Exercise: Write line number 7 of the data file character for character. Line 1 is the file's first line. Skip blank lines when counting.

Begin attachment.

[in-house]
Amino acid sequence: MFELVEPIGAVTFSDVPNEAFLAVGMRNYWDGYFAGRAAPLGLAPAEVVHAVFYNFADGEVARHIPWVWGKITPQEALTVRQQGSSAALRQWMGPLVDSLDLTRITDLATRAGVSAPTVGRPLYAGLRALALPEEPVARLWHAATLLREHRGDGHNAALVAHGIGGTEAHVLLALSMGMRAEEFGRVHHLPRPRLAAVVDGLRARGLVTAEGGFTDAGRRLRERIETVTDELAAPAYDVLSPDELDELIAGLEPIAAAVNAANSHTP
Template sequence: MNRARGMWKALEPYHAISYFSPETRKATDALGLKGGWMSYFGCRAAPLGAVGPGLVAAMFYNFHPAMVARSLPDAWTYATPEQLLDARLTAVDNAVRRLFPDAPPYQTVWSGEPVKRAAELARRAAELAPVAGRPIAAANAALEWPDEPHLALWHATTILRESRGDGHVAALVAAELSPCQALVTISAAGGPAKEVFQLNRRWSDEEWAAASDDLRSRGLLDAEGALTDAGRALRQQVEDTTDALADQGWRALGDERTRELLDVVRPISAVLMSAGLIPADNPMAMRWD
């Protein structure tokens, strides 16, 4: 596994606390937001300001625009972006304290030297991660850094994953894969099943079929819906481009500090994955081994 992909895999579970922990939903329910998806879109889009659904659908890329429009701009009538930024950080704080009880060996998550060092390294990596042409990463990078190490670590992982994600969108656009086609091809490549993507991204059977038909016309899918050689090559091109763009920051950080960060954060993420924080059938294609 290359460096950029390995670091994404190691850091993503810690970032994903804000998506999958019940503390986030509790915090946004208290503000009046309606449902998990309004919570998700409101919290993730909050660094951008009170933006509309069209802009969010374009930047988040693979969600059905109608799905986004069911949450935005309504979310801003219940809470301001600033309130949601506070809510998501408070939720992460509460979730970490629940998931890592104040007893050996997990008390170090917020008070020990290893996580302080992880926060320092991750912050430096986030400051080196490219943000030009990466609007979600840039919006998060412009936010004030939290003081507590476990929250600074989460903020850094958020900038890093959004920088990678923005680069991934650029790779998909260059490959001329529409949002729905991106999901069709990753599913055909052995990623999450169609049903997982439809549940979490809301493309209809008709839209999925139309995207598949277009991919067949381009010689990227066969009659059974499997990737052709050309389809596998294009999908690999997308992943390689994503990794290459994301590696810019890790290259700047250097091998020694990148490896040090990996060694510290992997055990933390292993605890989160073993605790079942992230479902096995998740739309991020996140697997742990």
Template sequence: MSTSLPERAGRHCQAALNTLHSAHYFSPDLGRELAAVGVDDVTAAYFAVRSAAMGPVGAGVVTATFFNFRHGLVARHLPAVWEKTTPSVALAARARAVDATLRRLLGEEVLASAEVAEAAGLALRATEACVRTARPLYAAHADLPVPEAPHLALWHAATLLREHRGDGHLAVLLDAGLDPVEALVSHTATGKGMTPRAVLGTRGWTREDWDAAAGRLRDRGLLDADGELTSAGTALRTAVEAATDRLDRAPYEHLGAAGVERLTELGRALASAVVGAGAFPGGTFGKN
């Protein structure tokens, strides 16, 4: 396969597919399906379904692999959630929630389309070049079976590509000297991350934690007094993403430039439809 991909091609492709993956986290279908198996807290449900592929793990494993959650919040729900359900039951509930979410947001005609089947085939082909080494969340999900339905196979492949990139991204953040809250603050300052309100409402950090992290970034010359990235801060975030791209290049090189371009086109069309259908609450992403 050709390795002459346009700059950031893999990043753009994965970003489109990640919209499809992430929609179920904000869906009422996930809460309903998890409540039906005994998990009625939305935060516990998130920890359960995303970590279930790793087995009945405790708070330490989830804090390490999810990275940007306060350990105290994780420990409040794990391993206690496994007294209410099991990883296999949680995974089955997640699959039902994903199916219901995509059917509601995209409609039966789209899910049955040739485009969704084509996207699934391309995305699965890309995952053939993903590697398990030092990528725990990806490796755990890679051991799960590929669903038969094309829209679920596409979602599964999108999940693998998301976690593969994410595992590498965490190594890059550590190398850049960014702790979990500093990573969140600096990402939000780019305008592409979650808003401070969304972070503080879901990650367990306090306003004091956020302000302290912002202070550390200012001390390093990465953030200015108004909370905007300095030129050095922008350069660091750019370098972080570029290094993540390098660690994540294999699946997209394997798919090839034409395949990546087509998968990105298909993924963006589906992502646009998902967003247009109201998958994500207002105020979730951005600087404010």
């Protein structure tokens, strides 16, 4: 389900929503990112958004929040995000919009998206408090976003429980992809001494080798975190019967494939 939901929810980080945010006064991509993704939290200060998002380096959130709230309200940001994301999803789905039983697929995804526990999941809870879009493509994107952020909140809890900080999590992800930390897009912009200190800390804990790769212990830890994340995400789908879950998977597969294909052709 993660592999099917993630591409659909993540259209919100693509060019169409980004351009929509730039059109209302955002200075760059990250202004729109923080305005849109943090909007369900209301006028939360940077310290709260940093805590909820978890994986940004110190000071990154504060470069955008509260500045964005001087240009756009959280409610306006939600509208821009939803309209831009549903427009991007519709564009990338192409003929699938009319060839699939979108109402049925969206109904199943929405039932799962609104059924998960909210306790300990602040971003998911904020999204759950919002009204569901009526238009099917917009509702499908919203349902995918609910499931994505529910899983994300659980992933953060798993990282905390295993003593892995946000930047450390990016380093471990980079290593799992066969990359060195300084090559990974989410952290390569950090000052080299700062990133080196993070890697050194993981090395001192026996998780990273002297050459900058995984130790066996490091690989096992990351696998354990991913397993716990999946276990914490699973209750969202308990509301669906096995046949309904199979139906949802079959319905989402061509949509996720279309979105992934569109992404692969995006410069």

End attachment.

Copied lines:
């Protein structure tokens, strides 16, 4: 389900929503990112958004929040995000919009998206408090976003429980992809001494080798975190019967494939 939901929810980080945010006064991509993704939290200060998002380096959130709230309200940001994301999803789905039983697929995804526990999941809870879009493509994107952020909140809890900080999590992800930390897009912009200190800390804990790769212990830890994340995400789908879950998977597969294909052709 993660592999099917993630591409659909993540259209919100693509060019169409980004351009929509730039059109209302955002200075760059990250202004729109923080305005849109943090909007369900209301006028939360940077310290709260940093805590909820978890994986940004110190000071990154504060470069955008509260500045964005001087240009756009959280409610306006939600509208821009939803309209831009549903427009991007519709564009990338192409003929699938009319060839699939979108109402049925969206109904199943929405039932799962609104059924998960909210306790300990602040971003998911904020999204759950919002009204569901009526238009099917917009509702499908919203349902995918609910499931994505529910899983994300659980992933953060798993990282905390295993003593892995946000930047450390990016380093471990980079290593799992066969990359060195300084090559990974989410952290390569950090000052080299700062990133080196993070890697050194993981090395001192026996998780990273002297050459900058995984130790066996490091690989096992990351696998354990991913397993716990999946276990914490699973209750969202308990509301669906096995046949309904199979139906949802079959319905989402061509949509996720279309979105992934569109992404692969995006410069």